|Project Name||Burnt Ends||Posted in||Restaurants, Design, Interior Design||Location||
01 04/7 Dempsey Road
|Telephone||+65 6224 3933||Completed||2022||Visit Website||burntends.com.sg|
When chef Dave Pynt decided to move his one-Michelin-starred restaurant, Burnt Ends, from its original location in Singapore’s Chinatown to a much larger venue in Dempsey Hill, a verdant enclave outside the city packed with gourmet grocers, art galleries, antique shops, eateries and cafés, he turned to fellow Australian interior designer, Emma Maxwell. Not only is Maxwell a friend, she was also a regular at the original restaurant from the time of its opening in 2013 and therefore intimately familiar with Pynt’s modern approach to wood-fired barbecue. “Emma’s one-liner design pitch to me was ‘Fire, skulls and AC/DC’, and that pretty much sold me!” says the heavy-metal-loving, iconoclastic Pynt. True to her pitch, Maxwell transformed a mid-century colonial military barracks – once a nutmeg plantation, Dempsey was sold to the British Forces in 1860 to accommodate an influx of British troops – into an immersive, dark-lit and moody space inspired by the foundational components of barbecue, namely fire, wood and metal.
A primal palette of charred wood, rust and lava stone conveys the transformative quality of fire and heat, the bedrock of Pynt’s cooking techniques, while a treasure trove of imaginative design elements that have been customized down to the smallest details, including skull-shaped upholstery buttons and door handles in reference to the restaurant’ logo, further immerse patrons into the chef’s fast-and-furious culinary philosophy. Comprising a dining area, private dining room, and bar and wine-tasting room, each with its own distinct ambience, plus a separate bakery that churns out offerings like doughnuts, focaccia and scones, Burnt Ends’ new address attests as much to Pynt’s passion for his craft as to Maxwell’s story-based approach to interior design.
Maxwell’s attention to detail and craftsmanship is evident from the moment you step into the restaurant through the heavy front door which features a thick bronze-cast handle shaped like a tree branch where the first stanza of T.S. Eliot’s Preludes is engraved on - “The winter evening settles down/ With smell of steaks in passageways./ Six o’clock./ The burnt-out ends of smoky days.” Once inside, the main dining room is anchored by the custom 3-tonne wood-burning ovens that loom behind the long slab of Indonesian Suar wood that functions as a dining counter. “The ovens are the heart of the entire restaurant, a constant primordial burning fire of 1,000 degrees,” says Maxwell. “Everything, from the food to the interior design, comes from them.” The open kitchens’ industrial-style ovens, stainless steel equipment and black stone surfaces are complemented by the dining room’s earthy palette where weathered teak planks rescued from an old bridge in Surabaya line the floors, beaten copper panels clad the building’s pillars and vegetable-dyed leather sheathes the teak-framed dining chairs and curved booths.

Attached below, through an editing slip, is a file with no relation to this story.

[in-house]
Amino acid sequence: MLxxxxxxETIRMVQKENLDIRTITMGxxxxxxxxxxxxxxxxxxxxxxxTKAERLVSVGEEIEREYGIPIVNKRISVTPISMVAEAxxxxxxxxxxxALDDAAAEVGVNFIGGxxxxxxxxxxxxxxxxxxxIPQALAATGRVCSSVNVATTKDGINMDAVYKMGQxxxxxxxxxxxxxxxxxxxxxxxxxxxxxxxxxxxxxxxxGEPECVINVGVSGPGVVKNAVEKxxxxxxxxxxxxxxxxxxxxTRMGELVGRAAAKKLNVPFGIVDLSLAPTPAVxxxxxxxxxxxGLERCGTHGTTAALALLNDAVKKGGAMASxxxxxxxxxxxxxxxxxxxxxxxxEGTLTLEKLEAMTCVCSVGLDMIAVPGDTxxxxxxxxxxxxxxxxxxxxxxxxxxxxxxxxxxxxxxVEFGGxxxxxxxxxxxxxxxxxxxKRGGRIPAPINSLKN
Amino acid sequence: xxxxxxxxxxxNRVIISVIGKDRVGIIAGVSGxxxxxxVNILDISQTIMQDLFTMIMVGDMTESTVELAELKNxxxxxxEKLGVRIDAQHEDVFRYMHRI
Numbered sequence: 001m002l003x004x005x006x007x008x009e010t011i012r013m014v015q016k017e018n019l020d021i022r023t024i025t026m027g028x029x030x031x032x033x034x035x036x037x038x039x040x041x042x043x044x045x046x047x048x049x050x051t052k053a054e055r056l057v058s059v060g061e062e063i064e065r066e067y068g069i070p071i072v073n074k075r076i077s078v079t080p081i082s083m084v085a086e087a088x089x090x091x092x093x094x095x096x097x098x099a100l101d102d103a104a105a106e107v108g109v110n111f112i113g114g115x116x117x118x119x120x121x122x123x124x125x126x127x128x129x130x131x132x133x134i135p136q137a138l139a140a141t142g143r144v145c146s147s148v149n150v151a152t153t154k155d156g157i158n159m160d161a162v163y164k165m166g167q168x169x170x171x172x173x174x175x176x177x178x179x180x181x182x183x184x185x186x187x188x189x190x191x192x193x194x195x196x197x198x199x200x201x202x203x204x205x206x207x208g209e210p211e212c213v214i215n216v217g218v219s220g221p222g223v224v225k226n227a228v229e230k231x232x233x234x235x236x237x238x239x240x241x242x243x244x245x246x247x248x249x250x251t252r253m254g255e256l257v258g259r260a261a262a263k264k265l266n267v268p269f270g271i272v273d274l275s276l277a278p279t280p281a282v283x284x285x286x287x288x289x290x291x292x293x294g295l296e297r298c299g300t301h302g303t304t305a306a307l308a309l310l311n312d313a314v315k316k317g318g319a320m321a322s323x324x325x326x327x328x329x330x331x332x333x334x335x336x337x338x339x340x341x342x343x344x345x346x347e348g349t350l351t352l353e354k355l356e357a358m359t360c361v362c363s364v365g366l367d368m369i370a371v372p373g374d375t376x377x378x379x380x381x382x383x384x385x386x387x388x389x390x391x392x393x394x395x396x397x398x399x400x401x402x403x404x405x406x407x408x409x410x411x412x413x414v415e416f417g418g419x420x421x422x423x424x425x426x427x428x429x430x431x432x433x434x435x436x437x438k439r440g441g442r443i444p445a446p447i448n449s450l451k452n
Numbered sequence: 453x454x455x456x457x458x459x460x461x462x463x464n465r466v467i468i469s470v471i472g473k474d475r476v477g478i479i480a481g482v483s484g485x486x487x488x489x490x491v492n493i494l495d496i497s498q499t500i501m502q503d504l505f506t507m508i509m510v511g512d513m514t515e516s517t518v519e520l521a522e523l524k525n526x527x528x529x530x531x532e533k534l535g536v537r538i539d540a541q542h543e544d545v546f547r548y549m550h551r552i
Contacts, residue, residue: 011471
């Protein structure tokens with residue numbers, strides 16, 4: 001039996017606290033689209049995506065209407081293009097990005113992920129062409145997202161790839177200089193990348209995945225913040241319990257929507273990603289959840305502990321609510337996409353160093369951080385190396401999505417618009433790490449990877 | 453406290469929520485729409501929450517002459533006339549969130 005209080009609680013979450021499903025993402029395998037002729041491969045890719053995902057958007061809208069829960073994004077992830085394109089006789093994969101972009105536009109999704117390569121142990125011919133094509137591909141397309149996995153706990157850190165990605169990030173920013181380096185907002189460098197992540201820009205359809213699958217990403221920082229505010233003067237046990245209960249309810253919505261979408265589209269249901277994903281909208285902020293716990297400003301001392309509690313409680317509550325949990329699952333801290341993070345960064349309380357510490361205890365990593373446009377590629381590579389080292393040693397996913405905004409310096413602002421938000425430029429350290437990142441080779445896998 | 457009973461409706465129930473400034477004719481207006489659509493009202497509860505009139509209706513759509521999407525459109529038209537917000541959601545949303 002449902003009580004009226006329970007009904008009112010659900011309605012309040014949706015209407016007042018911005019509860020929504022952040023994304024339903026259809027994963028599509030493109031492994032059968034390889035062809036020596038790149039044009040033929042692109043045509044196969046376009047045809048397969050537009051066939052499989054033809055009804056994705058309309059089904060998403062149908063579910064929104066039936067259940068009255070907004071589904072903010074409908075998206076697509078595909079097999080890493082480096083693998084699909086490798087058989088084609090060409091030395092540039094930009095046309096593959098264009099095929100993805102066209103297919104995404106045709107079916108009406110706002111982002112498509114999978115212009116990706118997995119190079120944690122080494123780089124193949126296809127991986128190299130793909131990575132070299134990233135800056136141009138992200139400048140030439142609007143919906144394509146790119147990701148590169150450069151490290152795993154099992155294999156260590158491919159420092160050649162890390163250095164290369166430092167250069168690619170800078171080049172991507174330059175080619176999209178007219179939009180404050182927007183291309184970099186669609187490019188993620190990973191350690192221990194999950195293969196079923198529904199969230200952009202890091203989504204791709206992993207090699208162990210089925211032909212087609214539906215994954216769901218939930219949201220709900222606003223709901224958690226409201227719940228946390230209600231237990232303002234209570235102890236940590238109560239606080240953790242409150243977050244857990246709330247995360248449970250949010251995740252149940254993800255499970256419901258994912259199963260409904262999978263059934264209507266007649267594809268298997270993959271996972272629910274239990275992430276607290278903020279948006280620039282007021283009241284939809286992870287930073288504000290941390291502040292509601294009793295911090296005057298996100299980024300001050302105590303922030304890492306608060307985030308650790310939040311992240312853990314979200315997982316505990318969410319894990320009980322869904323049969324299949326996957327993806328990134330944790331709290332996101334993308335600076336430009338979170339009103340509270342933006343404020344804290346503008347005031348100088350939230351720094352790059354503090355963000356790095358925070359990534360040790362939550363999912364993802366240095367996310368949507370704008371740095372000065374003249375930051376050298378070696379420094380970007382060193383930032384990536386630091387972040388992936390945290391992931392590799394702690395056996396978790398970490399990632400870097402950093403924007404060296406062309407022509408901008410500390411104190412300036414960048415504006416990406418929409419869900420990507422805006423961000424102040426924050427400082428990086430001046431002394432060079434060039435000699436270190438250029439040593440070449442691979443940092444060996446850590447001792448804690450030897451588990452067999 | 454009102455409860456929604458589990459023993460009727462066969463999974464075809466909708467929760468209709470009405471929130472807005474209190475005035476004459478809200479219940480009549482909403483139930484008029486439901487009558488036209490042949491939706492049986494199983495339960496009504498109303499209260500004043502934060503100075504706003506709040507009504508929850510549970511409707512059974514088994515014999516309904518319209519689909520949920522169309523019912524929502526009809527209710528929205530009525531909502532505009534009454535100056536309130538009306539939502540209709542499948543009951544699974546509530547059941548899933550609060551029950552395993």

Accessed through a teak door whose handle is a polished metal skull, the large private dining room is conceived to represent the mysterious “lair of a lair of a carnivorous beast”. Enveloped by contrasting panels of petrified wood and timber charred in the tradition of Japanese Shou Sugi Ban, the space centres on a 14-seater, six-metre-long dining table of petrified black wood above which hangs a tubular light installation made of 5,000 black lava stones which took six months to make and one-and-a-half weeks to install. “Since we finished this space”, Maxwell says, “the colours have all changed and darkened. That’s the transformative, shape-shifting quality I was after”.
Casting aside the dark hues, stark aesthetic and moody ambience of the dining rooms, the bar and wine tasting room is a lighter, considerably more whimsical space. Conceived in collaboration with her high school best friend and theatre designer Marc McIntyre as a tribute to the old Cairo Museum and London’s Victoria and Albert Museum, the tasting room is furnished with reproduction 19th-century scientific cabinets and fin-de-siècle glass-topped display cases stocked with old locks, compasses, glass pipettes and anatomy charts. Just as packed is the wallpaper which is populated by fantastical creatures drawn by Dutch artist Jan Leven and tall cabinets encasing the columns packed with an eccentric collection of jars, seashells, hand model, drain pipes, a miniature bust of Venus de Milo, as well as antique bottles of all shapes and sizes.
Maxwell’s imaginative take on Burnt Ends extends to the wine cellar, which is illuminated by elongated copper submarine lamps on pulleys, the washroom, where the sinks have been carved out of 10-million-year-old petrified wood, and the adjacent bakery, a bijou volume with double-height raftered ceilings, polygonal floor and wall tiles and a minimalist L-shaped counter made of unpolished, distressed concrete. Having expanded its offering during the Covid-19 lockdowns, the Burnt Ends Bakery now has its own dedicated area, including a space for pastry-related research and development that encapsulates Pynt’s visionary ethos.